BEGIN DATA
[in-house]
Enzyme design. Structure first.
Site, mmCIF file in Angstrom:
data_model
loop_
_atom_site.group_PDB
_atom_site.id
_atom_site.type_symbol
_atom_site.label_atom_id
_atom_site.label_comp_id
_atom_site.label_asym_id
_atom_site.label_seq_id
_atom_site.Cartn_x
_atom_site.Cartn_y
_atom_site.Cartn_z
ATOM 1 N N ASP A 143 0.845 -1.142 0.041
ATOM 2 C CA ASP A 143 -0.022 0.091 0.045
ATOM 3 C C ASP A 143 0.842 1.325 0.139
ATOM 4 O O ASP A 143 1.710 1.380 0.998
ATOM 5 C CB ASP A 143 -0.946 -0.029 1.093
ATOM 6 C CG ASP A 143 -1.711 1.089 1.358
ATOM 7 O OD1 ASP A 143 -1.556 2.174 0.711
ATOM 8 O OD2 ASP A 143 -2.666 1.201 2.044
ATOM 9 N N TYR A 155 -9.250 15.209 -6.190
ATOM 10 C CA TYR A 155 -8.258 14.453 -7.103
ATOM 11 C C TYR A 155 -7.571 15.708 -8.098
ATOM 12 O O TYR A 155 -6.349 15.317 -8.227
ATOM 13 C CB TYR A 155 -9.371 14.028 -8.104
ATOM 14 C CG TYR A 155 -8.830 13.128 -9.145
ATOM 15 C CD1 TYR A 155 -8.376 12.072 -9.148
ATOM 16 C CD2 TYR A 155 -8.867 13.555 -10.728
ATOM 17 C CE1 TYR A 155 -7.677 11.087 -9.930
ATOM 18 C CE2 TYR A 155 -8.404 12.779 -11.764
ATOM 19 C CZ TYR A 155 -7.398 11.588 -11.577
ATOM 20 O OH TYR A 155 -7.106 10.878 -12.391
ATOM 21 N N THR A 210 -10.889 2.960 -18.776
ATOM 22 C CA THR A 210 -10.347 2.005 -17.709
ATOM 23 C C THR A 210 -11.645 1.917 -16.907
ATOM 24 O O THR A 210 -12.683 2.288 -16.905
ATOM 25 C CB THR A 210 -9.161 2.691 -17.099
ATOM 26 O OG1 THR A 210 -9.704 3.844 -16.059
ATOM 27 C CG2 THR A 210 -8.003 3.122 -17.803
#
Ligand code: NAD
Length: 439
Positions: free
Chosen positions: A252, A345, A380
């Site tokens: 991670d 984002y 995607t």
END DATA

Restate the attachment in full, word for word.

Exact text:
[in-house]
Enzyme design. Structure first.
Site, mmCIF file in Angstrom:
data_model
loop_
_atom_site.group_PDB
_atom_site.id
_atom_site.type_symbol
_atom_site.label_atom_id
_atom_site.label_comp_id
_atom_site.label_asym_id
_atom_site.label_seq_id
_atom_site.Cartn_x
_atom_site.Cartn_y
_atom_site.Cartn_z
ATOM 1 N N ASP A 143 0.845 -1.142 0.041
ATOM 2 C CA ASP A 143 -0.022 0.091 0.045
ATOM 3 C C ASP A 143 0.842 1.325 0.139
ATOM 4 O O ASP A 143 1.710 1.380 0.998
ATOM 5 C CB ASP A 143 -0.946 -0.029 1.093
ATOM 6 C CG ASP A 143 -1.711 1.089 1.358
ATOM 7 O OD1 ASP A 143 -1.556 2.174 0.711
ATOM 8 O OD2 ASP A 143 -2.666 1.201 2.044
ATOM 9 N N TYR A 155 -9.250 15.209 -6.190
ATOM 10 C CA TYR A 155 -8.258 14.453 -7.103
ATOM 11 C C TYR A 155 -7.571 15.708 -8.098
ATOM 12 O O TYR A 155 -6.349 15.317 -8.227
ATOM 13 C CB TYR A 155 -9.371 14.028 -8.104
ATOM 14 C CG TYR A 155 -8.830 13.128 -9.145
ATOM 15 C CD1 TYR A 155 -8.376 12.072 -9.148
ATOM 16 C CD2 TYR A 155 -8.867 13.555 -10.728
ATOM 17 C CE1 TYR A 155 -7.677 11.087 -9.930
ATOM 18 C CE2 TYR A 155 -8.404 12.779 -11.764
ATOM 19 C CZ TYR A 155 -7.398 11.588 -11.577
ATOM 20 O OH TYR A 155 -7.106 10.878 -12.391
ATOM 21 N N THR A 210 -10.889 2.960 -18.776
ATOM 22 C CA THR A 210 -10.347 2.005 -17.709
ATOM 23 C C THR A 210 -11.645 1.917 -16.907
ATOM 24 O O THR A 210 -12.683 2.288 -16.905
ATOM 25 C CB THR A 210 -9.161 2.691 -17.099
ATOM 26 O OG1 THR A 210 -9.704 3.844 -16.059
ATOM 27 C CG2 THR A 210 -8.003 3.122 -17.803
#
Ligand code: NAD
Length: 439
Positions: free
Chosen positions: A252, A345, A380
């Site tokens: 991670d 984002y 995607t």